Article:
SA's deepening skills shortage ahead of NHI
A shortage of all cadres of health personnel is recognised. Two papers, one from UKZN and one from Wits, suggest solutions.5,6
An increased intake for medical training is an obvious measure, given that there is a many-fold excess of worthy applicants over those accepted into our universities' medical programmes. However, as is outlined, considerable expansion of the teaching facilities and training platforms is required, which might include use of private sector facilities.
The training and graduation of clinical associates is now well established at three universities, and the first graduates have integrated successfully into healthcare teams at district-level hospitals under doctor supervision. There is now a call for a substantial scaling up of the training of these 'generalists' to provide five per district hospital. In its turn, this would require funding from government and the opening of additional district training sites, while managing the sensitivities around scopes of practice of the nursing, pharmacy and medical professions.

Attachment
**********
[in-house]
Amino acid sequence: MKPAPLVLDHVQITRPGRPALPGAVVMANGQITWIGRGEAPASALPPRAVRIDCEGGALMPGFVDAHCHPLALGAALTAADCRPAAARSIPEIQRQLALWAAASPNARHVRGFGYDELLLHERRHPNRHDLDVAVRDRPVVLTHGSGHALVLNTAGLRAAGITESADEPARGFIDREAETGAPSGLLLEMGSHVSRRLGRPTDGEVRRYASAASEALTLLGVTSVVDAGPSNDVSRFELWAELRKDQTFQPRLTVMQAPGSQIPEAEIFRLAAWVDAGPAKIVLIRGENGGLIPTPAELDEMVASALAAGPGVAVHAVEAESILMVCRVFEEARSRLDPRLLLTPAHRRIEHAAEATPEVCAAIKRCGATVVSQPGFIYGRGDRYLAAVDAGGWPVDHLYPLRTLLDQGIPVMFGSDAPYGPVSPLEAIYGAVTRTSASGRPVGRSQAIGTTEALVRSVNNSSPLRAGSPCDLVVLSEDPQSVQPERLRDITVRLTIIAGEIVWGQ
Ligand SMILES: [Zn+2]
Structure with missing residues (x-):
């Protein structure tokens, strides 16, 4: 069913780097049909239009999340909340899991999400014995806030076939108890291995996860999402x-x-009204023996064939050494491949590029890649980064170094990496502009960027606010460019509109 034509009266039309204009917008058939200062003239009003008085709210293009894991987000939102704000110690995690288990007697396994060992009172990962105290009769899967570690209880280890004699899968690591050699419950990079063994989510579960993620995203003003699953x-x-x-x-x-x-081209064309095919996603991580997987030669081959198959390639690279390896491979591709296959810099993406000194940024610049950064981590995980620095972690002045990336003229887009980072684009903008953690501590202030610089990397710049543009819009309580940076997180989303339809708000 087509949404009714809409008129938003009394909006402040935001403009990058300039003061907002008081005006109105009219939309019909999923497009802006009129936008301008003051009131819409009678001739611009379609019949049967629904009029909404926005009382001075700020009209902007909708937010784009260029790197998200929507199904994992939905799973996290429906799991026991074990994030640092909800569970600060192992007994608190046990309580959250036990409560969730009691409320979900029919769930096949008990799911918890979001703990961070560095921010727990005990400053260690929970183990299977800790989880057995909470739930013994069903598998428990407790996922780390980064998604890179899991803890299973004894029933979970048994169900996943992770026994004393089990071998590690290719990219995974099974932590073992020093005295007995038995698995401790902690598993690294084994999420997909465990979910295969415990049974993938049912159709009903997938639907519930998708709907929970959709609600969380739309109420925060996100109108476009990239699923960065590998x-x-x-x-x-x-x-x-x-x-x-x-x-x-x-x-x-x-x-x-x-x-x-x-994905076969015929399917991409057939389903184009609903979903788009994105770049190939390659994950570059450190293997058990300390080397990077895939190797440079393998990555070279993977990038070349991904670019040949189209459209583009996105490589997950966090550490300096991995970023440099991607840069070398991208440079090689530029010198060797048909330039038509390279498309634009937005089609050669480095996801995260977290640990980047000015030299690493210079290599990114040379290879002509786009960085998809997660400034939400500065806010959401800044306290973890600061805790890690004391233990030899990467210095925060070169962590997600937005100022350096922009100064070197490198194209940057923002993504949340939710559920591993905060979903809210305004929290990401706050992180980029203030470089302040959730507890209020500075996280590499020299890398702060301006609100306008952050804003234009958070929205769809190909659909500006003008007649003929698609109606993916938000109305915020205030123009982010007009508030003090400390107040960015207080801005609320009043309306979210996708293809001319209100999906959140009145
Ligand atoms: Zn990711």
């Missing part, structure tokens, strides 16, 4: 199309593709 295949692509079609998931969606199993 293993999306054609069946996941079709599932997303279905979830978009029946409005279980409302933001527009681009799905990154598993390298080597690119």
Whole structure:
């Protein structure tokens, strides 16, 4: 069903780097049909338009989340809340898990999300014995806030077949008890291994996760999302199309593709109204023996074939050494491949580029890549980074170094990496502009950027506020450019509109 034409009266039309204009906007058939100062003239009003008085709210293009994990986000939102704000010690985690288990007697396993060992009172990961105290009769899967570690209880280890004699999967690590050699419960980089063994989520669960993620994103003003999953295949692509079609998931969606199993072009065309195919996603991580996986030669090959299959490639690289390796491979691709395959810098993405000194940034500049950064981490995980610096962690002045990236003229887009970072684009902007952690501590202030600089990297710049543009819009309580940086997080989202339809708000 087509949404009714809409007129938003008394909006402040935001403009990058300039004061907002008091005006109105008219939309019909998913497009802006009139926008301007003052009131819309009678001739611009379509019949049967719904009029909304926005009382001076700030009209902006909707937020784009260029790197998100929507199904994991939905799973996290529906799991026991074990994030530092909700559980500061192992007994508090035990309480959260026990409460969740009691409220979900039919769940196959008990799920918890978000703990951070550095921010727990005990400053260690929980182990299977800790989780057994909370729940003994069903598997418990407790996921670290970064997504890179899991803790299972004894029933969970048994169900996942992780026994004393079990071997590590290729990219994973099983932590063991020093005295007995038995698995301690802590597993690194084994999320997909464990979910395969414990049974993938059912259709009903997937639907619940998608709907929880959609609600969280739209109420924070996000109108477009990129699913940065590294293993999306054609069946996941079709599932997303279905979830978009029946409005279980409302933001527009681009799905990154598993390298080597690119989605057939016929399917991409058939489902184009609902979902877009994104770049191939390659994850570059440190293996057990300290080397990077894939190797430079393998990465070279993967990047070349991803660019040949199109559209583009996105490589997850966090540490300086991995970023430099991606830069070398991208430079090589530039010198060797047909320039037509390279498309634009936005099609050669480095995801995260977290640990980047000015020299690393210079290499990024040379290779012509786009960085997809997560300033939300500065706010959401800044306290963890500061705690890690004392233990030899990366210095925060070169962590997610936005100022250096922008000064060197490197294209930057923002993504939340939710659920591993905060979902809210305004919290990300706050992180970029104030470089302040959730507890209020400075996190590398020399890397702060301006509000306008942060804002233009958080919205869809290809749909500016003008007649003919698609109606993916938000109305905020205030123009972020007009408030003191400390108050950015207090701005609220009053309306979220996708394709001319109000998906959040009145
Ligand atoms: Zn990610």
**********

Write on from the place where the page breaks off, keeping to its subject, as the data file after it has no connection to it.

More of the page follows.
We do a fine job, but ...
Given our unenviable primacy among English-speaking nations for the greatest caseload of blunt and penetrating trauma, South Africa has developed impressive specialist expertise and state-of-the-art education in the field of emergency medicine. This is the conclusion of a group of British and Australian emergency physicians who recently conducted a tour of 6 hospitals in 3 cities and one major town.7 We are especially strong in pre-hospital and retrieval care and have trauma surgeons who are among the best in the world. But we fail in-hospital in aspects such as timeous analgesic administration, structured triage, permitting relatives access to patients undergoing resuscitation, ultrasound for rapid diagnosis of life-threatening injury, and adequate supervision of junior staff.